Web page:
They say the meek shall inherit the earth, but these experiments with emotional computer programs
(pdf) suggest it may actually be the neurotic. And that they'll probably take it rapidly by military force.The Austrian researchers
want games to be more engaging by having emotional, not just coolly calculating, computer players. Instead of just challenging your rational planning and decision skills, you'll have use your emotional intelligence too.
They created aggressive, defensive, normal and neurotic versions of the AI software in the war strategy game Age of Mythology
, drawing on "the big five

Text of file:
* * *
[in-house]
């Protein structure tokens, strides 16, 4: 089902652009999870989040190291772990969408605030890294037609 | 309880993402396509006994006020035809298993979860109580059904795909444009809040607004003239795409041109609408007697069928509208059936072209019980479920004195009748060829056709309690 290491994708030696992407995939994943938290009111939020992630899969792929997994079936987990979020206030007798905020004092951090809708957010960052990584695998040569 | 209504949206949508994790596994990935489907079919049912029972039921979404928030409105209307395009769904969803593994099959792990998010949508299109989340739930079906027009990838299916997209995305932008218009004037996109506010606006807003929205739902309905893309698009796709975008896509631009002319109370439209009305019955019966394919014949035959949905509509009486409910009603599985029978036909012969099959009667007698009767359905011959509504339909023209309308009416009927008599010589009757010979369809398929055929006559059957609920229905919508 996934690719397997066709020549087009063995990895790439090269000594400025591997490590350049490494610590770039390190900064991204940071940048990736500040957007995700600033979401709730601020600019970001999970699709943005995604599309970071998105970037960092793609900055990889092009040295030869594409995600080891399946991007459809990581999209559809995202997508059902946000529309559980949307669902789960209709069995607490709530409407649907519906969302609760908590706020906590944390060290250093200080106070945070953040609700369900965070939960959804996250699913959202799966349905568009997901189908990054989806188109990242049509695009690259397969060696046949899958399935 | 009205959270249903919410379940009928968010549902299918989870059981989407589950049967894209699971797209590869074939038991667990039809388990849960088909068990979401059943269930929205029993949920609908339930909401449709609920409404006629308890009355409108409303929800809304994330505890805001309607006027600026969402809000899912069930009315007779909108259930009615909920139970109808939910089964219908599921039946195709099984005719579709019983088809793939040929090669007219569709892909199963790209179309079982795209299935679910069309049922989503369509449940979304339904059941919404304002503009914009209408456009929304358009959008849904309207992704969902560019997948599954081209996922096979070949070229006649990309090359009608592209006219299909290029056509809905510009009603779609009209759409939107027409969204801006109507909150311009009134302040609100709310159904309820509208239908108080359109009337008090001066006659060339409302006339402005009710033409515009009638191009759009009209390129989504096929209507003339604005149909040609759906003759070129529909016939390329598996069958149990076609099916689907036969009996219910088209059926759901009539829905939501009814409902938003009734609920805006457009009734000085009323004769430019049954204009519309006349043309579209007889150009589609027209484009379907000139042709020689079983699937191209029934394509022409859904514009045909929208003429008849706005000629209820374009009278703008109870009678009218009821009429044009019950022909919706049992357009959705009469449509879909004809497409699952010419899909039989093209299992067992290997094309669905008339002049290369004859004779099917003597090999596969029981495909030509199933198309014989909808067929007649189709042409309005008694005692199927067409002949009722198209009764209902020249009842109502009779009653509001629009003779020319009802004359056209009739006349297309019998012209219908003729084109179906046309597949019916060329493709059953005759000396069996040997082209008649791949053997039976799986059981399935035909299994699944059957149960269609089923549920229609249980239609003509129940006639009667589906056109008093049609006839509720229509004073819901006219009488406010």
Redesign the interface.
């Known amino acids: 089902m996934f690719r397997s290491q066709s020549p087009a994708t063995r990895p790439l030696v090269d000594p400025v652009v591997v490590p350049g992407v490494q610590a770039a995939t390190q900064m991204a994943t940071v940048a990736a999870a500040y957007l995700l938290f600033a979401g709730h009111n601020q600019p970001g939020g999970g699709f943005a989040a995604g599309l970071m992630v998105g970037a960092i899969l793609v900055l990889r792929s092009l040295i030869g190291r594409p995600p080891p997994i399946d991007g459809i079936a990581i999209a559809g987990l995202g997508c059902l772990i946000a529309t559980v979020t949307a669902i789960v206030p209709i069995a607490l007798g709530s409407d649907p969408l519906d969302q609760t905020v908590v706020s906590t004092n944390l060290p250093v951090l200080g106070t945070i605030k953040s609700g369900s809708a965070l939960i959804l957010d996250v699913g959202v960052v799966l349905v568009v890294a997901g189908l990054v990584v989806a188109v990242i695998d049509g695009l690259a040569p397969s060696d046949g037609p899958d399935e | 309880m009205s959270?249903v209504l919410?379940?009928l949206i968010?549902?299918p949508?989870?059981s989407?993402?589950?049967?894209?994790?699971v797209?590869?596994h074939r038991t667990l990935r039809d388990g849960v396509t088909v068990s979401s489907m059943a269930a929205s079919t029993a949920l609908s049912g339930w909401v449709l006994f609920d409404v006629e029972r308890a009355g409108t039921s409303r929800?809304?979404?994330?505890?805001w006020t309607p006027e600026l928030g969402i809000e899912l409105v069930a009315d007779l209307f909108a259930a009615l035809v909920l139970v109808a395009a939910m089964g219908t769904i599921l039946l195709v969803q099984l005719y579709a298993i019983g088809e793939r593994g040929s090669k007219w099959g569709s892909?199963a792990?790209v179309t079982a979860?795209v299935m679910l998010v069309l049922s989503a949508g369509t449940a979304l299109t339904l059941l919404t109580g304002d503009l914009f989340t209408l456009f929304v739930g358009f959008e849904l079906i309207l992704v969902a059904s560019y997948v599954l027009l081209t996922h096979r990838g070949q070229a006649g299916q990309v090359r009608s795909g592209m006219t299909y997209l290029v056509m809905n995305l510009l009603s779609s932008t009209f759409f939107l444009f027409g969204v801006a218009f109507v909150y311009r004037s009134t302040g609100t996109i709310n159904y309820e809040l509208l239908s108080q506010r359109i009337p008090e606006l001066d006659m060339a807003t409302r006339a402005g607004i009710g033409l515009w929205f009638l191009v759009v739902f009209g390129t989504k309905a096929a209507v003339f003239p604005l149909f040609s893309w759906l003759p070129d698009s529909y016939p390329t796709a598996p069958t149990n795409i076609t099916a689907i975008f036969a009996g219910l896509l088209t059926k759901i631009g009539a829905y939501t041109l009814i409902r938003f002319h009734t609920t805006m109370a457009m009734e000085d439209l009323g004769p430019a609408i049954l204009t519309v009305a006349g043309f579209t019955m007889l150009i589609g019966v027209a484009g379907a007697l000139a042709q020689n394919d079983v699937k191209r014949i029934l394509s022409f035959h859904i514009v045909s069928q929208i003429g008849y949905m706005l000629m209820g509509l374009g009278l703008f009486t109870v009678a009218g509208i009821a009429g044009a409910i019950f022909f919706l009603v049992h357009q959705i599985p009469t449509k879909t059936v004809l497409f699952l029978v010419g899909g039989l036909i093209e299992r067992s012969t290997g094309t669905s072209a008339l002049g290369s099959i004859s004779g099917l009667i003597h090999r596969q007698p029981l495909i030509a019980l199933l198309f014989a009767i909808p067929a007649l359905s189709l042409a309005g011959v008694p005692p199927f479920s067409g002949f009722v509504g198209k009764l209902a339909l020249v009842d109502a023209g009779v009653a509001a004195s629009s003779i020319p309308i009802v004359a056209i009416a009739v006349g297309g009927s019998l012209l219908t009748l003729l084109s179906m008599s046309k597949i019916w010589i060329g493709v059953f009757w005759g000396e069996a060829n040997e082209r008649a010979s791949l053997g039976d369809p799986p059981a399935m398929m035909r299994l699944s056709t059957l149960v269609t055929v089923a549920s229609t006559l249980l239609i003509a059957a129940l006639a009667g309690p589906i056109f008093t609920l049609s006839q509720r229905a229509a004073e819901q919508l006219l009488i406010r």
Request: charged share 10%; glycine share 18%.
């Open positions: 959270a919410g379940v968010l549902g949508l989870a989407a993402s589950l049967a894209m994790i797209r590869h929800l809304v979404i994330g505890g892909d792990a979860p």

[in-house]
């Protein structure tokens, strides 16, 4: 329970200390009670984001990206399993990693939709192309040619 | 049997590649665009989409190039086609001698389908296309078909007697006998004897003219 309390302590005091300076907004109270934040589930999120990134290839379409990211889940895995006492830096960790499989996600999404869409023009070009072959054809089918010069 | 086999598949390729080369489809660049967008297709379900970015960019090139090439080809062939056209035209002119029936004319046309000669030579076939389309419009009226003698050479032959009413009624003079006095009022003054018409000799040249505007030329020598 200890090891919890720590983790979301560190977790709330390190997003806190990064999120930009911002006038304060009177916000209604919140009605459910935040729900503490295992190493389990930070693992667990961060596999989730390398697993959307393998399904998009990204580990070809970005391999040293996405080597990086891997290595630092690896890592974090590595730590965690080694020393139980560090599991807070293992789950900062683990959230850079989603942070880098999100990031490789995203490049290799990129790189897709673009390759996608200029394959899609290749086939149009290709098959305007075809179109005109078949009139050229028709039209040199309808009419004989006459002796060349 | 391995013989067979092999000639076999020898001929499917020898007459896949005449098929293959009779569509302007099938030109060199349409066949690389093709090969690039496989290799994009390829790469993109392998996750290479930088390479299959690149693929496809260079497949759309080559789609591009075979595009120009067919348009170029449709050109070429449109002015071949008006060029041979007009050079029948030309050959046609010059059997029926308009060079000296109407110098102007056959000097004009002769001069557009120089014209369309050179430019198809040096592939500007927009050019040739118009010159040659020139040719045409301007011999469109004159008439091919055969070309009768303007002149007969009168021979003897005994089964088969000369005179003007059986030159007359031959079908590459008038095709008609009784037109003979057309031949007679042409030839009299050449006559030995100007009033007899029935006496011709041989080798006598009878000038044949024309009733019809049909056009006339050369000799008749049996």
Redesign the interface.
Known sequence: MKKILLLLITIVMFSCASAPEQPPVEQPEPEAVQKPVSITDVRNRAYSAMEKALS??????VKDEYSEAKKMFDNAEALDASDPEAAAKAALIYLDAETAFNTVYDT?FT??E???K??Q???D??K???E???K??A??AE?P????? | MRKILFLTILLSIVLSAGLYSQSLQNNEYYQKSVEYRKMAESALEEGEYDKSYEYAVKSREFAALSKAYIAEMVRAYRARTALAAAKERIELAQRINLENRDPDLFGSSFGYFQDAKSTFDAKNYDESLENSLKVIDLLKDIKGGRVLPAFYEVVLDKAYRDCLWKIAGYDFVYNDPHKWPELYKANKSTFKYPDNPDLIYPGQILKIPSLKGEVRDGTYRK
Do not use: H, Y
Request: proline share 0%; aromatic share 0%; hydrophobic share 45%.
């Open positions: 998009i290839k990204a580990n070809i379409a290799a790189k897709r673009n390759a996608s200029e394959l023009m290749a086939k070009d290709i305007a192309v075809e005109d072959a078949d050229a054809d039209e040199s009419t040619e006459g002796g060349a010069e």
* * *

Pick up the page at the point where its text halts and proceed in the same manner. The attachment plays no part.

" emotional dimensions to personality recognised by psychologists.
The bots are able to switch between states of pleasure, pain, clarity, and confusion in response to events. The strength of particular emotional changes is related to the overall personality.
The neurotic bot was more likely than the others to distort hard facts about resources - like the amount of timber around - and flip between extremes of behaviour. And it was better than the rest.
Each bot took on the game's default AI seven times. Both the aggressive and neurotic bots won all their matches - but the neurotic did it faster. On average by around 25%.
There's no indication of whether being top bot boosted the neurotic program's low self-esteem. The researchers say their result suggests a neurotic strategy gives an advantage, and are going on to pit the emotional bots against humans. It'll be interesting to see if neurosis still wins - and if humans can tell the different personalities apart.Tom Simonite, online technology reporter
Labels: AI, artificial-intelligence, games, gaming